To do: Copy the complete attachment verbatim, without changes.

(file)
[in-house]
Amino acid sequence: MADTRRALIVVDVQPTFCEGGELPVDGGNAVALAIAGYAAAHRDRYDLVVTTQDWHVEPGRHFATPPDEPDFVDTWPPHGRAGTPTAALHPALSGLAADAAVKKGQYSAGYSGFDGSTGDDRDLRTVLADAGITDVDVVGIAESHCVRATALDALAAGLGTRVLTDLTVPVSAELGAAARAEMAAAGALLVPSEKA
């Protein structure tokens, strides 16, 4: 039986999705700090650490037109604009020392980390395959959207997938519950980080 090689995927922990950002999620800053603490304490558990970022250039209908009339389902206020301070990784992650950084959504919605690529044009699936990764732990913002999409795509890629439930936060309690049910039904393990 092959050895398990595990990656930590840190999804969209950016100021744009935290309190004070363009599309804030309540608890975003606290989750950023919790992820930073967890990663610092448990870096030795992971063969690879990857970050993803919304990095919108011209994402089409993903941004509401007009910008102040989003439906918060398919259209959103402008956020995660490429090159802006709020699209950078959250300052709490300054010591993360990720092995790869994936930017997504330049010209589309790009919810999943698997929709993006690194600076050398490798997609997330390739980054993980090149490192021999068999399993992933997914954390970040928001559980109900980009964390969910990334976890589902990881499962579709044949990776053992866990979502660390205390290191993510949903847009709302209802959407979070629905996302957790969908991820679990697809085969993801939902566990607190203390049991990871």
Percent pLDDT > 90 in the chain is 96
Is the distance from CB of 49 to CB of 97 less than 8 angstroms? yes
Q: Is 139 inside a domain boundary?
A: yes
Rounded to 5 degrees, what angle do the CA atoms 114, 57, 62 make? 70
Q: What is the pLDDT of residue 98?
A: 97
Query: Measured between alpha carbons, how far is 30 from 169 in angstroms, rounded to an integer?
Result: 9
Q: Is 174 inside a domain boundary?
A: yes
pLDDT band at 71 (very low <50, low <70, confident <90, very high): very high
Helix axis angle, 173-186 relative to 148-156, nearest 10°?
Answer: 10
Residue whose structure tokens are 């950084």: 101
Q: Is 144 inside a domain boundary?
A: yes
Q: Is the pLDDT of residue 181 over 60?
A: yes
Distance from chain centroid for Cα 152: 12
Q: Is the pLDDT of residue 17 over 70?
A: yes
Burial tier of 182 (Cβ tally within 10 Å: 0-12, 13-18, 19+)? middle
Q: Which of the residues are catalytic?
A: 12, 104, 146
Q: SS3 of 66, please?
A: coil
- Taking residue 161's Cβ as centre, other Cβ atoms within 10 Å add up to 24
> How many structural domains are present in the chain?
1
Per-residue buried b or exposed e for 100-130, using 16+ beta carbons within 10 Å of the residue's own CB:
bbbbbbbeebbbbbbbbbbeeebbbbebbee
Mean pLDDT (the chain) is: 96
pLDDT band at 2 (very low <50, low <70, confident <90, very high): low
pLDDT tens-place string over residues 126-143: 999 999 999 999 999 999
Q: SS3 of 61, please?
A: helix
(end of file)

[in-house]
Amino acid sequence: MADTRRALIVVDVQPTFCEGGELPVDGGNAVALAIAGYAAAHRDRYDLVVTTQDWHVEPGRHFATPPDEPDFVDTWPPHGRAGTPTAALHPALSGLAADAAVKKGQYSAGYSGFDGSTGDDRDLRTVLADAGITDVDVVGIAESHCVRATALDALAAGLGTRVLTDLTVPVSAELGAAARAEMAAAGALLVPSEKA
């Protein structure tokens, strides 16, 4: 039986999705700090650490037109604009020392980390395959959207997938519950980080 090689995927922990950002999620800053603490304490558990970022250039209908009339389902206020301070990784992650950084959504919605690529044009699936990764732990913002999409795509890629439930936060309690049910039904393990 092959050895398990595990990656930590840190999804969209950016100021744009935290309190004070363009599309804030309540608890975003606290989750950023919790992820930073967890990663610092448990870096030795992971063969690879990857970050993803919304990095919108011209994402089409993903941004509401007009910008102040989003439906918060398919259209959103402008956020995660490429090159802006709020699209950078959250300052709490300054010591993360990720092995790869994936930017997504330049010209589309790009919810999943698997929709993006690194600076050398490798997609997330390739980054993980090149490192021999068999399993992933997914954390970040928001559980109900980009964390969910990334976890589902990881499962579709044949990776053992866990979502660390205390290191993510949903847009709302209802959407979070629905996302957790969908991820679990697809085969993801939902566990607190203390049991990871």
Percent pLDDT > 90 in the chain is 96
Is the distance from CB of 49 to CB of 97 less than 8 angstroms? yes
Q: Is 139 inside a domain boundary?
A: yes
Rounded to 5 degrees, what angle do the CA atoms 114, 57, 62 make? 70
Q: What is the pLDDT of residue 98?
A: 97
Query: Measured between alpha carbons, how far is 30 from 169 in angstroms, rounded to an integer?
Result: 9
Q: Is 174 inside a domain boundary?
A: yes
pLDDT band at 71 (very low <50, low <70, confident <90, very high): very high
Helix axis angle, 173-186 relative to 148-156, nearest 10°?
Answer: 10
Residue whose structure tokens are 């950084």: 101
Q: Is 144 inside a domain boundary?
A: yes
Q: Is the pLDDT of residue 181 over 60?
A: yes
Distance from chain centroid for Cα 152: 12
Q: Is the pLDDT of residue 17 over 70?
A: yes
Burial tier of 182 (Cβ tally within 10 Å: 0-12, 13-18, 19+)? middle
Q: Which of the residues are catalytic?
A: 12, 104, 146
Q: SS3 of 66, please?
A: coil
- Taking residue 161's Cβ as centre, other Cβ atoms within 10 Å add up to 24
> How many structural domains are present in the chain?
1
Per-residue buried b or exposed e for 100-130, using 16+ beta carbons within 10 Å of the residue's own CB:
bbbbbbbeebbbbbbbbbbeeebbbbebbee
Mean pLDDT (the chain) is: 96
pLDDT band at 2 (very low <50, low <70, confident <90, very high): low
pLDDT tens-place string over residues 126-143: 999 999 999 999 999 999
Q: SS3 of 61, please?
A: helix